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All magic in the world stems from gifts delivered directly to mankind from the gods. That much, as far as Crimson Shroud is concerned, is fact. Or is it? As you lead your party through a treacherous dungeon in search of the original gift — the titular and mysterious Crimson Shroud — other possibilities present themselves. To discuss them here would be to spoil the intriguingly layered plot; suffice to say that by the time you'll start having second thoughts, there's no turning back.

The release of Crimson Shroud is a bittersweet one. On the one hand, it's the last of the three Guild01 games we're likely to receive in the west. But on the other hand it's the best of the batch, and we've unquestionably ended on a high note.

Crimson Shroud is essentially a table-top game brought to life as a digital RPG. And we don't just mean that it takes inspiration from table-top lifts almost the entire experience wholesale. You'll be rolling dice, manipulating game pieces and even taking your cues from an omnipresent Dungeon Master. It's a lot like playing the game in person, with the obvious exception that successes and failures are calculated more quickly.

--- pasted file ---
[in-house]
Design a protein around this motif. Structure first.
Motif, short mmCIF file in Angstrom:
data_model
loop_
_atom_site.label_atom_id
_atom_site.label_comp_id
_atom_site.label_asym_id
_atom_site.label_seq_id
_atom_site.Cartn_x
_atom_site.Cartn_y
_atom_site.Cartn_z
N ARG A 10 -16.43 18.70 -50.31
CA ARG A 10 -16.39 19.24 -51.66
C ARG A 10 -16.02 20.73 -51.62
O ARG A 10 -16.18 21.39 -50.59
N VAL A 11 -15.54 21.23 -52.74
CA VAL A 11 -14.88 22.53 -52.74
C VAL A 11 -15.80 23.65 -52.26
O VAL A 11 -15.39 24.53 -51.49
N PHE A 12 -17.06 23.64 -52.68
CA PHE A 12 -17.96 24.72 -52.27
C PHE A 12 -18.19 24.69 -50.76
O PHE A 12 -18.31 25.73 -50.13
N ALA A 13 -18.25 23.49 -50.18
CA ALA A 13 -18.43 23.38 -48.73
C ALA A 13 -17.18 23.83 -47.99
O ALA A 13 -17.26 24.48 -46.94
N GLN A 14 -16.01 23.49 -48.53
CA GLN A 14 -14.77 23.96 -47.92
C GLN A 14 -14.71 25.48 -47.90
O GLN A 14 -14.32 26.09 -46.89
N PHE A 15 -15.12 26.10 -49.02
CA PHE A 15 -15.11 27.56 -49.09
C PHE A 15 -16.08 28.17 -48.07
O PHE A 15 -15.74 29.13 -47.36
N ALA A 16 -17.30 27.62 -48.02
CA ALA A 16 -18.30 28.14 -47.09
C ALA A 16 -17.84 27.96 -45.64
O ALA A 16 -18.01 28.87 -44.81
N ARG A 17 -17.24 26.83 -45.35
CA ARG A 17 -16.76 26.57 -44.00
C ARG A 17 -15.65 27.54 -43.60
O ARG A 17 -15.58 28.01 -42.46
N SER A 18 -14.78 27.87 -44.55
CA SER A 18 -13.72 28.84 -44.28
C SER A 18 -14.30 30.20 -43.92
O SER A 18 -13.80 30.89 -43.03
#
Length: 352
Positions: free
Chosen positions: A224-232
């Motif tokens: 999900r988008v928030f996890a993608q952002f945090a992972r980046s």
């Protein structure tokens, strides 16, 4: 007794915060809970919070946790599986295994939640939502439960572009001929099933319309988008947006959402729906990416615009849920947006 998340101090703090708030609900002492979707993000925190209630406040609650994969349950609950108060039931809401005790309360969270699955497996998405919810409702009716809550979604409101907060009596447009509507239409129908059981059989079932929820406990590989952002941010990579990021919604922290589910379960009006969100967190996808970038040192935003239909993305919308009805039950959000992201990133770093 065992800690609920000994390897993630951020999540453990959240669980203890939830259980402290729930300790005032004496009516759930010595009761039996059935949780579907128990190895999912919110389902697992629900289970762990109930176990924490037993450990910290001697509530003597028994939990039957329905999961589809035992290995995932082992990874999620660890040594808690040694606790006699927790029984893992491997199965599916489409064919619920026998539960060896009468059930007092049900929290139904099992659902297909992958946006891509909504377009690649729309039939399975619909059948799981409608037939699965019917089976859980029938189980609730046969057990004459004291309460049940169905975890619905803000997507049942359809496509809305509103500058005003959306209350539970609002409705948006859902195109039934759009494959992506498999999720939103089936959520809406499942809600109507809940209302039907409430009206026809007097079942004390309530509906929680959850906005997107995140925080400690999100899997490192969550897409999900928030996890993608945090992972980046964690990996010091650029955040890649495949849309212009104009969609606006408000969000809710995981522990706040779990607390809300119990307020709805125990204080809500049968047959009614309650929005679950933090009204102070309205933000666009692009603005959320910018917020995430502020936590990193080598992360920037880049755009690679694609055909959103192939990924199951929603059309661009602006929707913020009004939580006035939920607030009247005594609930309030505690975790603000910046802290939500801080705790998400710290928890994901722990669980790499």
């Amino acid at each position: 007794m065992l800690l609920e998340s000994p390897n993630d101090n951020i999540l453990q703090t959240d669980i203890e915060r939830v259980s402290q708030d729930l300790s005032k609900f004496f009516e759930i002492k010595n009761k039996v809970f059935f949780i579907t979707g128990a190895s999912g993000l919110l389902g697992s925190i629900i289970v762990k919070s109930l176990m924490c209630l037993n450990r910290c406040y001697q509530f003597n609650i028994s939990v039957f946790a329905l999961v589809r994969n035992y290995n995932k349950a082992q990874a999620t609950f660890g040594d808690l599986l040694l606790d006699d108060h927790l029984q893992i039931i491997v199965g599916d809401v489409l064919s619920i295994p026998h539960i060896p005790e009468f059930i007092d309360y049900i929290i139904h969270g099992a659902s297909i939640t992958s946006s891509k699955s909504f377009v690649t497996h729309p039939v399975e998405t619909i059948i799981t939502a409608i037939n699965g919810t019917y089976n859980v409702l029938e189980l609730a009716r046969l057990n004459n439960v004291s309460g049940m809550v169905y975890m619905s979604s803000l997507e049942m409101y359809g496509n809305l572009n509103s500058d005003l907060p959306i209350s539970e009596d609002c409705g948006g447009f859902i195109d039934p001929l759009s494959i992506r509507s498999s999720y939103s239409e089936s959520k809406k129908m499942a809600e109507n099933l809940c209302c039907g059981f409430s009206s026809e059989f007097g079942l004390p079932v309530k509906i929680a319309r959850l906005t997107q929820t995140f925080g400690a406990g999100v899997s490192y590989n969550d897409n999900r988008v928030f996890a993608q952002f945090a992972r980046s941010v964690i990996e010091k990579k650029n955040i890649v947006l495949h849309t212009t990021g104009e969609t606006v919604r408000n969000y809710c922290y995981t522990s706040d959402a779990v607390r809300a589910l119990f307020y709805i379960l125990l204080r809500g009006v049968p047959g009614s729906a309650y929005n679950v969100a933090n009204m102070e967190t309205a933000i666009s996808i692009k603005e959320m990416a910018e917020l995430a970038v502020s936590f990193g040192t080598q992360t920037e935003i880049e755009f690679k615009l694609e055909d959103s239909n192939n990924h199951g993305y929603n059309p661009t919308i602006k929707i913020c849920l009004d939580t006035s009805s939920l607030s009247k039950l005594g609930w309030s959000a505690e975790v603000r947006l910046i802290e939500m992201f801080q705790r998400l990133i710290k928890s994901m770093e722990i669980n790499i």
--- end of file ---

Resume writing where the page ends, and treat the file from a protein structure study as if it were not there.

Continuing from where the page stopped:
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You control a party of three, though the game frequently refers to Giauque as the main character. Giauque is a Chaser, a money-driven mercenary that is hired to seek out and retrieve the Crimson Shroud. He serves as the bruiser of the group and is extremely handy with melee weapons. Along for the ride are Frea, a Qish-descended mage who can serve as your healer, and Lippi, a one-eyed, one-handed archer with an adventurous streak. The adventure begins in media res as your party is attacked upon entering the palace of Rahab and a fourth adventurer — your knowledgeable guide — is slain.

As you can imagine, Crimson Shroud wastes no time in throwing you into the action, and the first handful of battles serve as effective tutorials. At any point you can return to the first screen of the game to review anything you've learned, and that's extremely helpful because Crimson Shroud is a difficult game to get the hang of.

Everything from combat to inventory management is handled through menus, but there are enough options to navigate through that you're bound to get lost many times as you try to remember where to find the option you're looking for. On top of that there are plenty of optional things to do along the way — such as "melding" pieces of equipment together to create stronger items, or adding dice to an attack to increase its effectiveness — and they need to be done in a very precise manner, otherwise the game simply won't allow it.

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Because of this, there's a steep learning curve with Crimson Shroud. It's nothing that's liable to get you killed — the turn-based combat prevents speed from being an issue at any point — but it can be frustrating to tap through menus for several minutes without finding what you need.